You can find my review at St. Anthony Messenger's website:
While I often will write two reviews for a film, I decided that this was about all I can say about "Expelled."
If my column length had permitted it, I would have added links to what a Vatican scientist said about "intelligent design" in 2005: http://www.msnbc.msn.com/id/10101394/
And I would really have wished the filmmakers would have included a Catholic perspective (they mention "Catholic" only once in the film), including a reference to St. Thomas Aquinas' philosophical arguments/proofs from natural reason for the existence of God:
"The fifth proof arises from the ordering of things for we see that some things which lack reason, such as natural bodies, are operated in accordance with a plan. It appears from this that they are operated always or the more frequently in this same way the closer they follow what is the Highest; whence it is clear that they do not arrive at the result by chance but because of a purpose. The things, moreover, that do not have intelligence do not tend toward a result unless directed by some one knowing and intelligent; just as an arrow is sent by an archer. Therefore there is something intelligent by which all natural things are arranged in accordance with a plan---and this we call God."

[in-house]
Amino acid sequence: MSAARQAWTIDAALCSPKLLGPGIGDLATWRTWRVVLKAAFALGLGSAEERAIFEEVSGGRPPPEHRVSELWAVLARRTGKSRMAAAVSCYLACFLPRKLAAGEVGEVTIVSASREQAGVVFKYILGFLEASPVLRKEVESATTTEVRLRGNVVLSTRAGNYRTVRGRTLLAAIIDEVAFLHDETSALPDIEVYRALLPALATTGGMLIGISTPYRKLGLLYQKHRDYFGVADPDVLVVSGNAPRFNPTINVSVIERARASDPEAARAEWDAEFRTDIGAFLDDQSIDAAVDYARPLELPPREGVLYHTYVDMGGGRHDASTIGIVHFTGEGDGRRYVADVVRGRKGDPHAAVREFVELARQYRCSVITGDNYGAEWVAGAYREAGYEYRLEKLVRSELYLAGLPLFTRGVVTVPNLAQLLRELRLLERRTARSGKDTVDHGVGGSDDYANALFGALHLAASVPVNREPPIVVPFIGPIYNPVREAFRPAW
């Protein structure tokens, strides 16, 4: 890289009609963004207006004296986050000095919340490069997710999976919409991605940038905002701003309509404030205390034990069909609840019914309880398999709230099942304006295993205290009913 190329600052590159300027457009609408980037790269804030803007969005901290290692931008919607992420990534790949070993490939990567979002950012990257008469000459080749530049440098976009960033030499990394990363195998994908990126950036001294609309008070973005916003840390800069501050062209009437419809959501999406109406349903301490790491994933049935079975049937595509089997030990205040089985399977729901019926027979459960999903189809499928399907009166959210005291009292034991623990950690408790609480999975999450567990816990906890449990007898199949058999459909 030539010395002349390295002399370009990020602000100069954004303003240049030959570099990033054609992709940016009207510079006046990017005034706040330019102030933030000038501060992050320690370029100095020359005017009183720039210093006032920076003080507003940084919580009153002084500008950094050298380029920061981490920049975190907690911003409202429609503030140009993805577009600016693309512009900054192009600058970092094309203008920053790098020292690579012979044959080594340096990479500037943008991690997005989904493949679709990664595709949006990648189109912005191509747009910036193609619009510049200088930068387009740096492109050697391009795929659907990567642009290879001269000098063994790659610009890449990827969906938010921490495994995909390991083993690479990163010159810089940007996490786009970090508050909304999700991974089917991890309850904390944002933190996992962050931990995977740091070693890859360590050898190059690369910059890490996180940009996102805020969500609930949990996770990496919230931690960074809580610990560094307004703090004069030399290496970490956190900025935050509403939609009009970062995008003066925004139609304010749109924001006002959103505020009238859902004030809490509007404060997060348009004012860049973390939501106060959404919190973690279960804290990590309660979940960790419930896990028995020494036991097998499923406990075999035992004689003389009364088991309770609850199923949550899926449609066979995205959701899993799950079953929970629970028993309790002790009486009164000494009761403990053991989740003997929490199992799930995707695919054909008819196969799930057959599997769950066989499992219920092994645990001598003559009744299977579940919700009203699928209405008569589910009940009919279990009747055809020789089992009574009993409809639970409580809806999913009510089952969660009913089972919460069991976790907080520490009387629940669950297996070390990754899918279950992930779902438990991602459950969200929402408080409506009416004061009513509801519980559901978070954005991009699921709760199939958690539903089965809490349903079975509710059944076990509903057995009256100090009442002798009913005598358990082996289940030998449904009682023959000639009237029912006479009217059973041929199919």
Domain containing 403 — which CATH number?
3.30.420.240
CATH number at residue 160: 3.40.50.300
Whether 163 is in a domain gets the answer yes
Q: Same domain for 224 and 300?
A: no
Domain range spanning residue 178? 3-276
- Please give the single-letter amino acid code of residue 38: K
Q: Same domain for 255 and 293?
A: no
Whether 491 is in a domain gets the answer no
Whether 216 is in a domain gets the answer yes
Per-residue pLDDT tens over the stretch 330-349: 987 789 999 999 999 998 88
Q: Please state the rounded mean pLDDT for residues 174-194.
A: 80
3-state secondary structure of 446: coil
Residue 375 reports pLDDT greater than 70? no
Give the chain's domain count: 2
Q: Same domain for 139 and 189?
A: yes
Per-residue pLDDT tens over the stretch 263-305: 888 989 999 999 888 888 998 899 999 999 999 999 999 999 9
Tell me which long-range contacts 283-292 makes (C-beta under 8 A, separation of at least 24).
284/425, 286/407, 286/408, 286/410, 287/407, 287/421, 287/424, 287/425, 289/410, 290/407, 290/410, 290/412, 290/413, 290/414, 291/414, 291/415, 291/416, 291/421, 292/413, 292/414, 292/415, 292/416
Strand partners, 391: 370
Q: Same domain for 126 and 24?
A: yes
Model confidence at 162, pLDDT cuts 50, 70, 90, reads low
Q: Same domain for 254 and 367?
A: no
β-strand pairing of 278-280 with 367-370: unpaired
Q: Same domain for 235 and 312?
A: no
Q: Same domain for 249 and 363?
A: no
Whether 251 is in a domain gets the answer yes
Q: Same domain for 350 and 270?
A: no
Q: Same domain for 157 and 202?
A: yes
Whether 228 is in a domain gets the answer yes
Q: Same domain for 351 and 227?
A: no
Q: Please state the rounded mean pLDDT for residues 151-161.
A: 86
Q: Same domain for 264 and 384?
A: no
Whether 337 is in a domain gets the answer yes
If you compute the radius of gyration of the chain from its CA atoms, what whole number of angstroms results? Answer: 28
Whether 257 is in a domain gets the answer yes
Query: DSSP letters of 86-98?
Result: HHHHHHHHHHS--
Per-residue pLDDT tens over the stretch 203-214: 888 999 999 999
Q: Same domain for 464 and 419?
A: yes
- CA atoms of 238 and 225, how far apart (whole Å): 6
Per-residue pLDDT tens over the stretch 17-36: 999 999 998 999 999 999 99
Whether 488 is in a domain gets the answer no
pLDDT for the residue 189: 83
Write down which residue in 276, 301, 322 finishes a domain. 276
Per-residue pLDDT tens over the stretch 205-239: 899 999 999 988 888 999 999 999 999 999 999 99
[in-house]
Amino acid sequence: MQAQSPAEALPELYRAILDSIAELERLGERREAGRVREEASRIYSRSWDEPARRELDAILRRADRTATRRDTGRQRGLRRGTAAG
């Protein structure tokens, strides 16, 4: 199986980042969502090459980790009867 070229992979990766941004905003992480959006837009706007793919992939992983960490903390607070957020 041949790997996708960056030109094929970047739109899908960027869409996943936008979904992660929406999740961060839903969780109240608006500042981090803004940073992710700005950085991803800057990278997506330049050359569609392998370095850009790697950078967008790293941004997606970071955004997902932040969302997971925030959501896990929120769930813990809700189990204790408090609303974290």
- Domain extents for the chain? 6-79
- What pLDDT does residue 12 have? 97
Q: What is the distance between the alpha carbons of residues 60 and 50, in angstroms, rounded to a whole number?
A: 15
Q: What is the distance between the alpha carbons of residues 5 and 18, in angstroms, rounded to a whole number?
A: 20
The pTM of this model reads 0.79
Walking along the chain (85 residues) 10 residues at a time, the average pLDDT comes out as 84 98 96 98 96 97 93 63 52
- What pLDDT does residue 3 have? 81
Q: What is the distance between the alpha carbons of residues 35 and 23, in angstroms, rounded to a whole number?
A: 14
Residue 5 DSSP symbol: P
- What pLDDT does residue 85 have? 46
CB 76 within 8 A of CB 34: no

Visit http://www.fordham.edu/halsall/source/aquinas3.html for all five proofs.
The Catholic Church (notably in the 20th century especially) has a rich body of teaching on Scripture, science, and evolution. Here is an excellent article from Catholic Answers that addresses Catholic beliefs and the issues about evolution:
The filmmakers might say that "Expelled" is not about evolution or intelligent design but about academic freedom. Perhaps this is true. It is interesting that evolution/intelligent design is the only area of academic intolerance the film addresses (if I recall well.)
Science, reason/philosophy, and theology are not incompatible. However, one is not the other. They can support each other (St. Thomas Aquinas also taught that philosophy is the handmaiden of philosophy - but he doesn't seem to have addressed the science that his teacher and mentor, St. Albert the Great is known for.)
At the end of the day, I don't think the film adds great clarity to any aspect of the evolution/intelligent design debate - though it may raise some temperatures.
To be fair, the film says that the debate they (the filmmakers) have framed will be settled by the evidence - that no one seems to have systematically presented to date. (They might argue that academia doesn't permit it; but since when do limitations hold back the search for truth?)
Bring it on.
(Some questions comes to mind: were all those academics really fired for only the reasons noted in the film? What information was left out? Did we get the whole story? What's motivated the filmmakers? Injustice? And what else?)